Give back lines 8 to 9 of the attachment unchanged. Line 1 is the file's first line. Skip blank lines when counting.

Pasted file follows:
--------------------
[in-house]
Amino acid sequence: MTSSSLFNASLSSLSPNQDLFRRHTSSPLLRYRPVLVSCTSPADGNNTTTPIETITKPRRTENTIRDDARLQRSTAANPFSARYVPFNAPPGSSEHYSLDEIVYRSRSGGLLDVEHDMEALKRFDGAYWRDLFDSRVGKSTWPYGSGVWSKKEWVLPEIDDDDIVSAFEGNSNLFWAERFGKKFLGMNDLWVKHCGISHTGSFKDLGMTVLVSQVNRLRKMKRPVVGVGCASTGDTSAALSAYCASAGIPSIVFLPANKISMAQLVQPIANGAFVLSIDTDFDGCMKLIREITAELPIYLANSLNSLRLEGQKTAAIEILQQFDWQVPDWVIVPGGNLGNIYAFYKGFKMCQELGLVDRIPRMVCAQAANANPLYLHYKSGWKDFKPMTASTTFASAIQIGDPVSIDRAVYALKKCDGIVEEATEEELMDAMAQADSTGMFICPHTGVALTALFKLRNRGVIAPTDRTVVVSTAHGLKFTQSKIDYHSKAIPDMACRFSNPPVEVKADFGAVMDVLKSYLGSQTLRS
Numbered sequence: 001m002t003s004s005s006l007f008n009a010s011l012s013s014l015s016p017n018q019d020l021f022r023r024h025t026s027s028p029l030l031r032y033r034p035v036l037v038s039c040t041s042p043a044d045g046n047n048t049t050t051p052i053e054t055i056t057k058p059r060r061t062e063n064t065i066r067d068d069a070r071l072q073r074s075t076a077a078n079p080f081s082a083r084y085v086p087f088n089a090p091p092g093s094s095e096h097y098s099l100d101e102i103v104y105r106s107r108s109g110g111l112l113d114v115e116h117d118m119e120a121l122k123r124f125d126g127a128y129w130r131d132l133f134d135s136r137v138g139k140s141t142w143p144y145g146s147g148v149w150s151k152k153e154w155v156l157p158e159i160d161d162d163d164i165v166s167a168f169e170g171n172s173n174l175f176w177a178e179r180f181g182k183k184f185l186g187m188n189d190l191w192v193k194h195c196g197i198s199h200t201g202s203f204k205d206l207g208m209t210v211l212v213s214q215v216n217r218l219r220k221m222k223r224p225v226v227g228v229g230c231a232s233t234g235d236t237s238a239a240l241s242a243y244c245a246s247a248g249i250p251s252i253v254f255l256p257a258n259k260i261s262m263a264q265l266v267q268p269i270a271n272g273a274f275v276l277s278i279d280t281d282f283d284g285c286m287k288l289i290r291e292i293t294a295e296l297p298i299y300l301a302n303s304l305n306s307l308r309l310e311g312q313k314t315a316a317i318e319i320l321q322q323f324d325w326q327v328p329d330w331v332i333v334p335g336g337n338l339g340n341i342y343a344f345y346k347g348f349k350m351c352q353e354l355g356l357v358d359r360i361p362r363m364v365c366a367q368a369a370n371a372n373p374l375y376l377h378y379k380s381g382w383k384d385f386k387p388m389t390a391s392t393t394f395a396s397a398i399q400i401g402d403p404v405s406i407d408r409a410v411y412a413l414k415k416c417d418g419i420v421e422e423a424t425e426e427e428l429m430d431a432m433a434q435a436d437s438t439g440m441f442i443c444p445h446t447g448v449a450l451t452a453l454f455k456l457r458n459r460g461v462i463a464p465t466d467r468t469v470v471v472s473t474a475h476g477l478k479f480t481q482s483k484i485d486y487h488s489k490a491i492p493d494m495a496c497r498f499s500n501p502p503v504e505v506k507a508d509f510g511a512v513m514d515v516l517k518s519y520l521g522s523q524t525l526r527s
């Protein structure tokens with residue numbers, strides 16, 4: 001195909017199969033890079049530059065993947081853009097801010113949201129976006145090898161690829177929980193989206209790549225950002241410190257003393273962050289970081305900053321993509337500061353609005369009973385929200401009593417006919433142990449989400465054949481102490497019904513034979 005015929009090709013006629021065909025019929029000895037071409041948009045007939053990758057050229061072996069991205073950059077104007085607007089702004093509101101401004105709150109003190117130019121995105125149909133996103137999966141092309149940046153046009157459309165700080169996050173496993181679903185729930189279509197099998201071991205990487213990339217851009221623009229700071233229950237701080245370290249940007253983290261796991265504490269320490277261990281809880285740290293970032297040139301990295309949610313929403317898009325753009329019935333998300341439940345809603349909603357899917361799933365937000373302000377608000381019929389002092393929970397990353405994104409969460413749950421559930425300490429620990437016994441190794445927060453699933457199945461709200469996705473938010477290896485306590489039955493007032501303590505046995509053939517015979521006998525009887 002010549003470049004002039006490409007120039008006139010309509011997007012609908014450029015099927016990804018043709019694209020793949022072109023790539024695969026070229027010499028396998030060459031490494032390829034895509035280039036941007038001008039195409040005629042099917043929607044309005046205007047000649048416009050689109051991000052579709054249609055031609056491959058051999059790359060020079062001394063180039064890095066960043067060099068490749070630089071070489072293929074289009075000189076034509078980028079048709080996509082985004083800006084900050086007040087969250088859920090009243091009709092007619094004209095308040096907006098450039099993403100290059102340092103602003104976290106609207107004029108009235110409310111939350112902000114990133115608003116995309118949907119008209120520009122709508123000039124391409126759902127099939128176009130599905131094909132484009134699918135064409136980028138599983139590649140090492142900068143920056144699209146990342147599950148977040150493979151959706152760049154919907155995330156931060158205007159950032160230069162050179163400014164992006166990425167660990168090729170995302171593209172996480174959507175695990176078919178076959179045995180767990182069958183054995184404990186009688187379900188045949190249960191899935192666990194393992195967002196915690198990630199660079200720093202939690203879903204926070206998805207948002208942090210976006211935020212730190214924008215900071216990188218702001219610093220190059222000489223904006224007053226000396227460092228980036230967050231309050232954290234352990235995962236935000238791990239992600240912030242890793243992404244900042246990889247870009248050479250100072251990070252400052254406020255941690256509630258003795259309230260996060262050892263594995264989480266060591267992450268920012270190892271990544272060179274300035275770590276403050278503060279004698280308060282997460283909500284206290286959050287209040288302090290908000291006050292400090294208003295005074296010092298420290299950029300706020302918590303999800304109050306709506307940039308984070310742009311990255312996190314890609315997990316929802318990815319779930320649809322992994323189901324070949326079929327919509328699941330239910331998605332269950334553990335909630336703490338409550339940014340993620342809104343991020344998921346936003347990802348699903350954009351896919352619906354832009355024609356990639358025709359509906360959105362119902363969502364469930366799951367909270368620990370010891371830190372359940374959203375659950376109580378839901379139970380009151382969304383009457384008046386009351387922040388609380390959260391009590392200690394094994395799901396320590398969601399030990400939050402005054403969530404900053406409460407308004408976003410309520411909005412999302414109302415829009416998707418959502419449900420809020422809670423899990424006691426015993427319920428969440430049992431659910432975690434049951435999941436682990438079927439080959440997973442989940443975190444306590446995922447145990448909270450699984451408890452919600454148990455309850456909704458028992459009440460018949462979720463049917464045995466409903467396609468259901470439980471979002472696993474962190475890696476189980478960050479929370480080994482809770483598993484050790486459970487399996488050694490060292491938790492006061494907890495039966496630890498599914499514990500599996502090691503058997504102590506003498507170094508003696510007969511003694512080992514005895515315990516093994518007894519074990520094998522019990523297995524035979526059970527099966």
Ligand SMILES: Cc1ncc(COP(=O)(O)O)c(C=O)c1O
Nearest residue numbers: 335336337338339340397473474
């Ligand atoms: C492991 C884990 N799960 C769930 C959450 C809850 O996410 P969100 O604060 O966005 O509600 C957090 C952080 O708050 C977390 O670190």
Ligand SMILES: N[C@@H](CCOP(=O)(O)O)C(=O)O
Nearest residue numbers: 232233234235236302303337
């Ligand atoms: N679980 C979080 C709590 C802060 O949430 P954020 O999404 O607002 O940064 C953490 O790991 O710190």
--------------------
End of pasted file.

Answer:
Ligand SMILES: N[C@@H](CCOP(=O)(O)O)C(=O)O
Nearest residue numbers: 232233234235236302303337